Christmas newsletter plans

Christmas gifts are almost always fun to pick out, wrap and give for me. I love it. The only time its even a little bit not fun is when I am trying to find something for that person that seemingly has everything. For me those people are my mom and step dad. I can, and do buy them random stuff that I think they might like but for the most part its really hard to find a good gift. This year I decided to do something way different. I’m putting together a Christmas newsletter as a gift to them (and to share with everyone else). I think more than anything this will be something they can enjoy without cluttering up their house with crap they don’t need. Who doesn’t love cute family pictures?? And cute family anecdotes? I feel like Clark Griswald.

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My idea is to include a map with all the places we’ve been as a group, my sister, step-sister, mother, step dad, brother and brothers wife, and Carl. I also want to include anecdotes from the year, updates on everyone, hopes for next year, quotes and verses that were significant to everyone,  and any significant moments. I plan to do this in Microsoft publisher because its the program we use for our church newsletter and I know how to manipulate it better than anything else. Plus I can use the ready made template of that newsletter for this one just add some holiday flair. I think I might try to divide it by season but that plan is very tentative. Either way I am pretty flipping excited about seeing how this goes (and pretty nervous about the amount of work involved to make it awesome) .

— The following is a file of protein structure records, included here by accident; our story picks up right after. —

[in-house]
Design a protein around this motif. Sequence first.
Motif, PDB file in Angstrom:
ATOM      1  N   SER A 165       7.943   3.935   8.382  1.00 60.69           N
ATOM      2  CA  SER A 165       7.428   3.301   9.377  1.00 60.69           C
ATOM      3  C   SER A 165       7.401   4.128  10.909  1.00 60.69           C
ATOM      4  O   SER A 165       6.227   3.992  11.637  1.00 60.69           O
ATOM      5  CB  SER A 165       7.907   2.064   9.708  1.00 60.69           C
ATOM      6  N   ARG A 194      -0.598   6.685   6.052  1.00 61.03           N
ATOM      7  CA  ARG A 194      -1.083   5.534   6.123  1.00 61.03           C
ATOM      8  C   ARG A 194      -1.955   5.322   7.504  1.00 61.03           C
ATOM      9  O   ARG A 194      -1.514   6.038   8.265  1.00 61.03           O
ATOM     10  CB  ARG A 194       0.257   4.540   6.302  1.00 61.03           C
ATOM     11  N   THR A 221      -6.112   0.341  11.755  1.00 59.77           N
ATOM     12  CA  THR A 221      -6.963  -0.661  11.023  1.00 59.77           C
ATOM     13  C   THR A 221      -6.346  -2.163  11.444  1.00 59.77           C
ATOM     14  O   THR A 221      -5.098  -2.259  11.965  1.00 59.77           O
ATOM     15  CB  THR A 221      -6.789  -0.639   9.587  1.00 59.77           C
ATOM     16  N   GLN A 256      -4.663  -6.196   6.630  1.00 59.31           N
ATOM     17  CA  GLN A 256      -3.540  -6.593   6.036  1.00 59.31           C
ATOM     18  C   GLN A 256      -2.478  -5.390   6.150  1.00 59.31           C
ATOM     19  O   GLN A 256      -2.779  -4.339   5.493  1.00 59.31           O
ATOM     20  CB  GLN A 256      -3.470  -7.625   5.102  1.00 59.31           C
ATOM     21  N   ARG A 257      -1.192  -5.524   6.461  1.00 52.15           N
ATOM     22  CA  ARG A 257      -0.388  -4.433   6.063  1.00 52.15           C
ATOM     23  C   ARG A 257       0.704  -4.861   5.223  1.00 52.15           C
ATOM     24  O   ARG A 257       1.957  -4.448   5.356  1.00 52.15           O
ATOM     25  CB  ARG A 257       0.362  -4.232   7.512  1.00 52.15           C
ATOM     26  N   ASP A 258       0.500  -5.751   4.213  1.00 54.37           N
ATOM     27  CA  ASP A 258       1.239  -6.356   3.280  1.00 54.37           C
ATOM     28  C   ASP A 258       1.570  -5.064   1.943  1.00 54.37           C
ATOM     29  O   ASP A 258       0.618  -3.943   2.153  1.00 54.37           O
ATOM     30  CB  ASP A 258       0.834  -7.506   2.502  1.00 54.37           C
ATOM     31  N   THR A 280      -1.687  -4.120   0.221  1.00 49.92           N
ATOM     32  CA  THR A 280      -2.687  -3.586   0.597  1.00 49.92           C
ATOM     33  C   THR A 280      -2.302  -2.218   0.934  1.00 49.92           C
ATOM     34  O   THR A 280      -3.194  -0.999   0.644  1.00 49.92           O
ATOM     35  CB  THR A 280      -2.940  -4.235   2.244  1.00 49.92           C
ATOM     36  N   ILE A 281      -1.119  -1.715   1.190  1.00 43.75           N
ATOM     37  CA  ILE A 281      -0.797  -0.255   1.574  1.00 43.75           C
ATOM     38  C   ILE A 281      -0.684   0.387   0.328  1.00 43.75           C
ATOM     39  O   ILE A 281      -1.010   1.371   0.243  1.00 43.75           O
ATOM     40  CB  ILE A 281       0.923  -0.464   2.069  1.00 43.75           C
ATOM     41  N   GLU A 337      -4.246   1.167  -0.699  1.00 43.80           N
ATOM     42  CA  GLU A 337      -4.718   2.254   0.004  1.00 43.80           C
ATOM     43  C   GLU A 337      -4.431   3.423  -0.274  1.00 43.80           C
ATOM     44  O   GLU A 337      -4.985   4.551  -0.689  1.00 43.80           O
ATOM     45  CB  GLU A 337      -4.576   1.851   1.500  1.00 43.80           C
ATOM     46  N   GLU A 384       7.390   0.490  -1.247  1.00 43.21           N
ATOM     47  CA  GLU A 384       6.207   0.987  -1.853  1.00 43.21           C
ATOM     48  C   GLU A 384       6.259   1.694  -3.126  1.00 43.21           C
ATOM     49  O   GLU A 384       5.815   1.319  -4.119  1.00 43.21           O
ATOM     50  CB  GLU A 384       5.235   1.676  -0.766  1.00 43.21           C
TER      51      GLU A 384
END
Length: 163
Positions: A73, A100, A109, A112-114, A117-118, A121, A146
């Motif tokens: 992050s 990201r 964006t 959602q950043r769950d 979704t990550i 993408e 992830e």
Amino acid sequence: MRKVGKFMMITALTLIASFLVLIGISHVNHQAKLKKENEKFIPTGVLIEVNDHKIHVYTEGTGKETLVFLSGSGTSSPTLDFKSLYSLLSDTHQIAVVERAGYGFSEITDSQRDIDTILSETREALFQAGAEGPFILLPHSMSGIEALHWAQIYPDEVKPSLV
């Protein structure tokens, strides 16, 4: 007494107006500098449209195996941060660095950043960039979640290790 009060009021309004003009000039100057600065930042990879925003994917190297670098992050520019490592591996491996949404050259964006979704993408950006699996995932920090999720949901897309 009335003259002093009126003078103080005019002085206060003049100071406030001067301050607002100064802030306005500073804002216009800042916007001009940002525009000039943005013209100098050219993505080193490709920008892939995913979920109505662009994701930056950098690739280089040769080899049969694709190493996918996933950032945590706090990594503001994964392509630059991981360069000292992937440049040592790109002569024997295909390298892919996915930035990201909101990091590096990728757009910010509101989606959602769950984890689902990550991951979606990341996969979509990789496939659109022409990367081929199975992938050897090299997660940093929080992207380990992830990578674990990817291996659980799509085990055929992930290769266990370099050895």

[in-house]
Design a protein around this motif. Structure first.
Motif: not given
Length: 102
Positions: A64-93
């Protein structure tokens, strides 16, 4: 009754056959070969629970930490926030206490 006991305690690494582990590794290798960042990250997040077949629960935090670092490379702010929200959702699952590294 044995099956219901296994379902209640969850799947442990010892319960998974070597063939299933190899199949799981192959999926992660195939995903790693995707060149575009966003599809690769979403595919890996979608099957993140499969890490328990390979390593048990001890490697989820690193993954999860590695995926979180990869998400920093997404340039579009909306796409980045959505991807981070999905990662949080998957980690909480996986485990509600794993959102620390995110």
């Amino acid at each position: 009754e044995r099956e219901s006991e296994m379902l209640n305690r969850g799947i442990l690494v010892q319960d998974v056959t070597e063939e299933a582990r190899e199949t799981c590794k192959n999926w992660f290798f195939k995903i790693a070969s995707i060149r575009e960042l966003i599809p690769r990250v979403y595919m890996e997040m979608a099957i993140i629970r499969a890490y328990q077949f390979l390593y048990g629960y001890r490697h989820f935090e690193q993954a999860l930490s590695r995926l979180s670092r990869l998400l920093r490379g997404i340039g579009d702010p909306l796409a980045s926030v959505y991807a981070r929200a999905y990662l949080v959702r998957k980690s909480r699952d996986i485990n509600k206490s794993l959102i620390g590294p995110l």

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To the West

It was my effort, in depicting the West, to depict it as it was. – Buffalo Bill

My last day in Montana was pretty special. I got up earlier than I had previously. They are an hour behind Central Standard time so 5am felt like 6am etc. I wanted to get some better pictures from an off the road viewing site I had found the day before. I never want to forget seeing the sun coming up in Montana. It was beautiful.

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The picture doesn’t express the breathtaking view very well but it will have to do.

There is something about that view that makes you feel like a pioneer, like the only person braving the wilderness, like an cowboy or an Indian will be riding over the hill at any moment. You can’t see a house, the fences look much as they did a hundred years ago, and there were no people to be found other than me. Even though I was stepping out of a brand new rental car on a paved road it felt like a moment out of time. We need places like this, at the base of the Beartooth Hwy, at the foot of the mountains to remind us that we are both significant and insignificant and that’s ok. We can make a difference in the lives of those around us but sometimes we get caught up in every little crisis. Its good to remember that those mountains and that sunrise were here before us and will be here long after us.